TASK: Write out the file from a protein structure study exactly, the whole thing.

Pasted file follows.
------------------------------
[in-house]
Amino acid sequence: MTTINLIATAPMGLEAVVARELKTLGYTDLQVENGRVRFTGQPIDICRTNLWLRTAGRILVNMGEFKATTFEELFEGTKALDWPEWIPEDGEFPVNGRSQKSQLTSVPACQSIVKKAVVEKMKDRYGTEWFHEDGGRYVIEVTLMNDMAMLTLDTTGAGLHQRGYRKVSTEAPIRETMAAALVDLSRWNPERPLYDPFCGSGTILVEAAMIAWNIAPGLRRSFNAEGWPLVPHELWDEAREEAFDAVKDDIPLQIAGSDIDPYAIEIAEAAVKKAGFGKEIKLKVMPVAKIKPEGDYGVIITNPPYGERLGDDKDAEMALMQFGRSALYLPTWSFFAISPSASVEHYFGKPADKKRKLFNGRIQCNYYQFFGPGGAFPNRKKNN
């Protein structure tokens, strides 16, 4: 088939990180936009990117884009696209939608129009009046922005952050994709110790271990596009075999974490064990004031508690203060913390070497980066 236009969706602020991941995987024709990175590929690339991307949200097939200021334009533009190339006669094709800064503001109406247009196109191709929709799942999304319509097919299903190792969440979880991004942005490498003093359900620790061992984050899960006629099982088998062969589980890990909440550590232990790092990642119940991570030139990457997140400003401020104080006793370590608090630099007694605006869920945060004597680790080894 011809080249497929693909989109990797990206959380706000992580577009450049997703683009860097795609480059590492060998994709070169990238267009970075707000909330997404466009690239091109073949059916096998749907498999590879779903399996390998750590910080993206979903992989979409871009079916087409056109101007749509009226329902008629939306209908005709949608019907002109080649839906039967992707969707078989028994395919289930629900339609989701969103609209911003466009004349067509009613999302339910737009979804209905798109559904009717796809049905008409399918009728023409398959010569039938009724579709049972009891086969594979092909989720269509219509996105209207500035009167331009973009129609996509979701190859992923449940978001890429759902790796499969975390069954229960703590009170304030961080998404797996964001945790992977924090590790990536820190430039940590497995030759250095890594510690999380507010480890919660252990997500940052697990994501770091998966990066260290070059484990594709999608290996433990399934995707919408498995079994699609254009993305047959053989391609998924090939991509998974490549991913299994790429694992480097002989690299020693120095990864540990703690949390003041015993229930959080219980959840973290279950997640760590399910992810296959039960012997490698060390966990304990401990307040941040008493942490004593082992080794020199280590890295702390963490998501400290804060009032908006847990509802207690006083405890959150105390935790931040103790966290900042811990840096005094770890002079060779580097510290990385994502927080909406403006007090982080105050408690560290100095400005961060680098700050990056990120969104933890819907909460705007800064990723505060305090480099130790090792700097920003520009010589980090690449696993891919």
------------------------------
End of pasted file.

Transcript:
[in-house]
Amino acid sequence: MTTINLIATAPMGLEAVVARELKTLGYTDLQVENGRVRFTGQPIDICRTNLWLRTAGRILVNMGEFKATTFEELFEGTKALDWPEWIPEDGEFPVNGRSQKSQLTSVPACQSIVKKAVVEKMKDRYGTEWFHEDGGRYVIEVTLMNDMAMLTLDTTGAGLHQRGYRKVSTEAPIRETMAAALVDLSRWNPERPLYDPFCGSGTILVEAAMIAWNIAPGLRRSFNAEGWPLVPHELWDEAREEAFDAVKDDIPLQIAGSDIDPYAIEIAEAAVKKAGFGKEIKLKVMPVAKIKPEGDYGVIITNPPYGERLGDDKDAEMALMQFGRSALYLPTWSFFAISPSASVEHYFGKPADKKRKLFNGRIQCNYYQFFGPGGAFPNRKKNN
């Protein structure tokens, strides 16, 4: 088939990180936009990117884009696209939608129009009046922005952050994709110790271990596009075999974490064990004031508690203060913390070497980066 236009969706602020991941995987024709990175590929690339991307949200097939200021334009533009190339006669094709800064503001109406247009196109191709929709799942999304319509097919299903190792969440979880991004942005490498003093359900620790061992984050899960006629099982088998062969589980890990909440550590232990790092990642119940991570030139990457997140400003401020104080006793370590608090630099007694605006869920945060004597680790080894 011809080249497929693909989109990797990206959380706000992580577009450049997703683009860097795609480059590492060998994709070169990238267009970075707000909330997404466009690239091109073949059916096998749907498999590879779903399996390998750590910080993206979903992989979409871009079916087409056109101007749509009226329902008629939306209908005709949608019907002109080649839906039967992707969707078989028994395919289930629900339609989701969103609209911003466009004349067509009613999302339910737009979804209905798109559904009717796809049905008409399918009728023409398959010569039938009724579709049972009891086969594979092909989720269509219509996105209207500035009167331009973009129609996509979701190859992923449940978001890429759902790796499969975390069954229960703590009170304030961080998404797996964001945790992977924090590790990536820190430039940590497995030759250095890594510690999380507010480890919660252990997500940052697990994501770091998966990066260290070059484990594709999608290996433990399934995707919408498995079994699609254009993305047959053989391609998924090939991509998974490549991913299994790429694992480097002989690299020693120095990864540990703690949390003041015993229930959080219980959840973290279950997640760590399910992810296959039960012997490698060390966990304990401990307040941040008493942490004593082992080794020199280590890295702390963490998501400290804060009032908006847990509802207690006083405890959150105390935790931040103790966290900042811990840096005094770890002079060779580097510290990385994502927080909406403006007090982080105050408690560290100095400005961060680098700050990056990120969104933890819907909460705007800064990723505060305090480099130790090792700097920003520009010589980090690449696993891919």